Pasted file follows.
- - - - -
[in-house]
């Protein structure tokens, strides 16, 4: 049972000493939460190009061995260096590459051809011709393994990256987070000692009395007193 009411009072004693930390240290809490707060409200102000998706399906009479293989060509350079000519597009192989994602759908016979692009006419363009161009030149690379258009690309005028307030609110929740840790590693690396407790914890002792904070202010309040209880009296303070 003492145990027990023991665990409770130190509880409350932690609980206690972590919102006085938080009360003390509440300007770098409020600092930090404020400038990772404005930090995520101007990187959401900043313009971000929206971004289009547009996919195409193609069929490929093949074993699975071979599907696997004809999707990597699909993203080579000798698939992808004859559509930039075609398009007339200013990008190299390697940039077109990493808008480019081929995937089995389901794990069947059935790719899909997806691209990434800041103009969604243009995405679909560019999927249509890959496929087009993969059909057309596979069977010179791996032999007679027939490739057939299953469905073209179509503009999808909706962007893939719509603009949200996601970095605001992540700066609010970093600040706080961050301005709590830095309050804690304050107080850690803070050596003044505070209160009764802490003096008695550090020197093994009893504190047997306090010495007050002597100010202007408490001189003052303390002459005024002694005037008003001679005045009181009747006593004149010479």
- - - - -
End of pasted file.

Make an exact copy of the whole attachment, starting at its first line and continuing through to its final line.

[in-house]
């Protein structure tokens, strides 16, 4: 049972000493939460190009061995260096590459051809011709393994990256987070000692009395007193 009411009072004693930390240290809490707060409200102000998706399906009479293989060509350079000519597009192989994602759908016979692009006419363009161009030149690379258009690309005028307030609110929740840790590693690396407790914890002792904070202010309040209880009296303070 003492145990027990023991665990409770130190509880409350932690609980206690972590919102006085938080009360003390509440300007770098409020600092930090404020400038990772404005930090995520101007990187959401900043313009971000929206971004289009547009996919195409193609069929490929093949074993699975071979599907696997004809999707990597699909993203080579000798698939992808004859559509930039075609398009007339200013990008190299390697940039077109990493808008480019081929995937089995389901794990069947059935790719899909997806691209990434800041103009969604243009995405679909560019999927249509890959496929087009993969059909057309596979069977010179791996032999007679027939490739057939299953469905073209179509503009999808909706962007893939719509603009949200996601970095605001992540700066609010970093600040706080961050301005709590830095309050804690304050107080850690803070050596003044505070209160009764802490003096008695550090020197093994009893504190047997306090010495007050002597100010202007408490001189003052303390002459005024002694005037008003001679005045009181009747006593004149010479």